Every room is another room. a poem by Dave Lewis

Dave Lewis

Every room is another room

It didn’t take long for you to go, not really, although it felt like a hundred years.
Watched you sleeping in that tiny room with nothing in the wardrobes or drawers.

After it was over though I started on the clothes,
holding each shirt close for the smell of you in healthier times.
I made a bonfire in the garden of your precious perfumed papers
then felt guilty, like Isobel. I filled bag after bag with things
you hadn’t thought about for ages;
your yellow foreman’s helmet,
tomato seeds still in their packets,
dented trophies that they gave you
for winning at skittles.

I moved house just as fast as I could after promising you I never would.
But what could I do? Imagine that hill without your comfortable blue car,
my arms aching with groceries.

I do miss the mountain at the end of the road, the soft stream that we’d cross every night.
And the cups of tea and twice the washing up, the times I would escape from your ranting
at the TV, when I’d take my knitting or a book to another room.

Now every room is another room.

Sometimes when I’m falling asleep, I think of kisses on Mediterranean beaches,
the bunches of flowers, the gold and the silver,
the sun on our faces, the strawberry picking
and the long drive back from Hereford.

In the garden I struggle with the weeds, so much harder now it’s not a competition.
Each night those stairs seem to get steeper. I’m so lonely while I’m lying awake
that I pray sometimes for a burglar to slither his lock pick into my door,
then lay down beside me and breathe the bouquet of warm beer
onto my wrinkled old neck, turn the page of the sheet
and fire the cold dead hearth.

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Dave Lewis is a working-class writer, poet and photographer from Cilfynydd. He read zoology at Cardiff University and has always lived in Wales apart from a year, teaching and volunteering in Kenya. He founded the International Welsh Poetry Competition – the biggest in Wales. He also runs Writers of Wales, the Poetry Book Awards and book publishing company Publish & Print. He has published many books. His epic poem, Roadkill, deals with the class struggle, while his collection, Going Off Grid, outlines the dangers of digital capitalism. Resolutely untrendy he is shunned by the literature establishment in Wales.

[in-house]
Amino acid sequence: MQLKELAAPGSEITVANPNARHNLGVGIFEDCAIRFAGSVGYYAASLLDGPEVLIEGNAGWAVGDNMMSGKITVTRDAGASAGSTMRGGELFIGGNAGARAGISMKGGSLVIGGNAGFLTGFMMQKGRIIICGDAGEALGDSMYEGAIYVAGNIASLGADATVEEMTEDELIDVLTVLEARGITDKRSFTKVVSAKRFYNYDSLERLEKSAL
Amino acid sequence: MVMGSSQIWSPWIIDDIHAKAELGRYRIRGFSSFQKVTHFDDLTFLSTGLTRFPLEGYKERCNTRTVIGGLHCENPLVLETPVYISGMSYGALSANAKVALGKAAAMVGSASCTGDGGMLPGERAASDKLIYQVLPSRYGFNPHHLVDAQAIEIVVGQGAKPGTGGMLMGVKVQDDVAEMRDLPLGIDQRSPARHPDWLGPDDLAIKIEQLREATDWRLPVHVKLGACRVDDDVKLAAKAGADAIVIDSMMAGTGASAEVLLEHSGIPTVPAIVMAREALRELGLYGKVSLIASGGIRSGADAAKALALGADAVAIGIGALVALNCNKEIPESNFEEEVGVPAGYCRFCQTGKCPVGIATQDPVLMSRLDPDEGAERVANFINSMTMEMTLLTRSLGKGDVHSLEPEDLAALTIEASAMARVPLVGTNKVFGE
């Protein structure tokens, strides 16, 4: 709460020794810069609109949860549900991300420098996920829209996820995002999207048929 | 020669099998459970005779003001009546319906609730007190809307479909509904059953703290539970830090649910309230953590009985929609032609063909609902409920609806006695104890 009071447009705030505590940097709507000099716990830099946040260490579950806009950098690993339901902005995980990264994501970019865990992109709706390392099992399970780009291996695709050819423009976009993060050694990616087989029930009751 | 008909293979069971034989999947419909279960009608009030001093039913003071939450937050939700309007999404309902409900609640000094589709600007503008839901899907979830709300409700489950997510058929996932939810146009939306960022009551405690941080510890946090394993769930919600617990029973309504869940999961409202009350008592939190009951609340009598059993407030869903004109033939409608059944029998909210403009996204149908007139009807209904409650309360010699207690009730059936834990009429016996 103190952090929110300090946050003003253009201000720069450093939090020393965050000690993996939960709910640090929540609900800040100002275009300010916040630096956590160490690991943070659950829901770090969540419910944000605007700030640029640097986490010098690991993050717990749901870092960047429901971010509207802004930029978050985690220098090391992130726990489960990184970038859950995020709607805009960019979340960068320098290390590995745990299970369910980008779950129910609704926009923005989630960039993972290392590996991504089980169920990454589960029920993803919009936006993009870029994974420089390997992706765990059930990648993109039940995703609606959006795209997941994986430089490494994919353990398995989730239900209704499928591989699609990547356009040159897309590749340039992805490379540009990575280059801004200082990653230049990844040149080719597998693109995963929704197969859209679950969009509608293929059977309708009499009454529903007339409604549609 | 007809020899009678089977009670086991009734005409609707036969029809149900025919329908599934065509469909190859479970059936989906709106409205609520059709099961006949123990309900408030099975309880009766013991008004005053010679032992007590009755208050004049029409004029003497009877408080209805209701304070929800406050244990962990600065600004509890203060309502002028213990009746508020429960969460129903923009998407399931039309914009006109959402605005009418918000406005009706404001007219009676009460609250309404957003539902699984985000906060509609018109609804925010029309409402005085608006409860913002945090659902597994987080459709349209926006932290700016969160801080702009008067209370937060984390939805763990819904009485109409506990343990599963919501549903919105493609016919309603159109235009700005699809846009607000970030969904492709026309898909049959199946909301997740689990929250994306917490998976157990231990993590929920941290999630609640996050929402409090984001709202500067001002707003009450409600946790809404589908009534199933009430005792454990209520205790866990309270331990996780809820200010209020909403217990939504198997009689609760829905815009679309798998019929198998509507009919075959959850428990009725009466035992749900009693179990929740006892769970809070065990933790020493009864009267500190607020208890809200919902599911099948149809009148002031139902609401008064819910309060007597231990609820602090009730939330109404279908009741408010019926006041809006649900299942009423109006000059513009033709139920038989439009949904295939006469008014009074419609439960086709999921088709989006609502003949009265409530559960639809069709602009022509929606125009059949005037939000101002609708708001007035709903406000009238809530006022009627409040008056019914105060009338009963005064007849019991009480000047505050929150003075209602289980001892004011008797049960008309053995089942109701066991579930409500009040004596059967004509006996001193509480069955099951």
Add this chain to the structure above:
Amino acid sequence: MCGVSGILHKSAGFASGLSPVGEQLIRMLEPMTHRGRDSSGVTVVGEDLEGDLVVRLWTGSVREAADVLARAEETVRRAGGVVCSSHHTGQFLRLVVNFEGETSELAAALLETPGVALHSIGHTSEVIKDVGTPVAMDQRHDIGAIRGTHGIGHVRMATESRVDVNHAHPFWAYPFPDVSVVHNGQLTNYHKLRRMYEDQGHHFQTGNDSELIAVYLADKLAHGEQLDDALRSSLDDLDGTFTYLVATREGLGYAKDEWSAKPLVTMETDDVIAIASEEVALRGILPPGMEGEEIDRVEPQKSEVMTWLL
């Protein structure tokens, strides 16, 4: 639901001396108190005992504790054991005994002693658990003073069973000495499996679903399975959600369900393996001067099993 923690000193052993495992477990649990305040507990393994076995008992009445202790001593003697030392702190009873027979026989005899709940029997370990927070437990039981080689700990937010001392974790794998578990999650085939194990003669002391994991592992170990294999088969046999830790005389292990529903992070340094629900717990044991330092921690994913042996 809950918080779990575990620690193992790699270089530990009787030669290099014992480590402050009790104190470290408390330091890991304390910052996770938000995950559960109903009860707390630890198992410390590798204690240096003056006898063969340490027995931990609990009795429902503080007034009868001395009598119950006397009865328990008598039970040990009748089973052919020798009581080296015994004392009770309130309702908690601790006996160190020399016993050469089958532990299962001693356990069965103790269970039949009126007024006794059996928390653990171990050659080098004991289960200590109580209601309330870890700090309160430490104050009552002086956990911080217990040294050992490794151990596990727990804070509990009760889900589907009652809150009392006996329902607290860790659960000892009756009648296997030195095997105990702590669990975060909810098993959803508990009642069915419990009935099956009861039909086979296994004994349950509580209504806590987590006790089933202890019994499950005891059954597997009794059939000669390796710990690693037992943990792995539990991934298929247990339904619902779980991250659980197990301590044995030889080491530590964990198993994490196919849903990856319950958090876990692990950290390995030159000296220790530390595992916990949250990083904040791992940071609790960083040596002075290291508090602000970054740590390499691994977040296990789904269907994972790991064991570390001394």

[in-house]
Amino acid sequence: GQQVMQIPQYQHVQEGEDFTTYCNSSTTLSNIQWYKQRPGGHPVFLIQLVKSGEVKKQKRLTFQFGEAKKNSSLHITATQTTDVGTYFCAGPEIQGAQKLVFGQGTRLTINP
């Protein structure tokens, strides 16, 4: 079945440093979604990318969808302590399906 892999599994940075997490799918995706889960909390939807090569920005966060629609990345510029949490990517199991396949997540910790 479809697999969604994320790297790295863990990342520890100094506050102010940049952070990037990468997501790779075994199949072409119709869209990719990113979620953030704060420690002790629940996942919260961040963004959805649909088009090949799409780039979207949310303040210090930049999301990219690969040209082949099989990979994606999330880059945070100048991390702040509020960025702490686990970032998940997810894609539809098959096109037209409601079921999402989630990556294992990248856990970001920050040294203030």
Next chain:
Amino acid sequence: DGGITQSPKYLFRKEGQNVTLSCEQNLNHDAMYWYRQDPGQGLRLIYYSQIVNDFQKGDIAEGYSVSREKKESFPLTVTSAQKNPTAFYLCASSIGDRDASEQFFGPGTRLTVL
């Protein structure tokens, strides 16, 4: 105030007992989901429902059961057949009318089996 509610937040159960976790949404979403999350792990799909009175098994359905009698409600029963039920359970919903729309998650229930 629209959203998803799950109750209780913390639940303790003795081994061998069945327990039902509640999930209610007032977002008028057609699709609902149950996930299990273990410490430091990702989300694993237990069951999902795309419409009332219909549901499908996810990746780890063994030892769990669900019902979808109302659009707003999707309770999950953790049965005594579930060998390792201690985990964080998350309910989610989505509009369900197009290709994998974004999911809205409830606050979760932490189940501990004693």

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Published by darcie friesen hossack

Darcie Friesen Hossack is a graduate of the Humber School for Writers. Her short story collection, Mennonites Don’t Dance, was a runner-up for the Danuta Gleed Award, shortlisted for the Commonwealth Writers Prize and the Ontario Library Association's Forest of Reading Evergreen Award for Adult Fiction. Citing irreverence, the book was banned by the LaCrete Public Library in Northern Alberta. Having mentored with Giller finalists Sandra Birdsell (The Russlander) and Gail Anderson Dargatz (Spawning Grounds, The Cure for Death by Lightening), Darcie is now completing her first novel where, for a family with a Seventh-day Adventist father and a Mennonite mother, the End Times are just around the corner. Darcie is also a four time judge of the Whistler Independent Book Awards, and a career food writer. She lives in Northern Alberta, Canada, with her husband, international award-winning chef, Dean Hossack.

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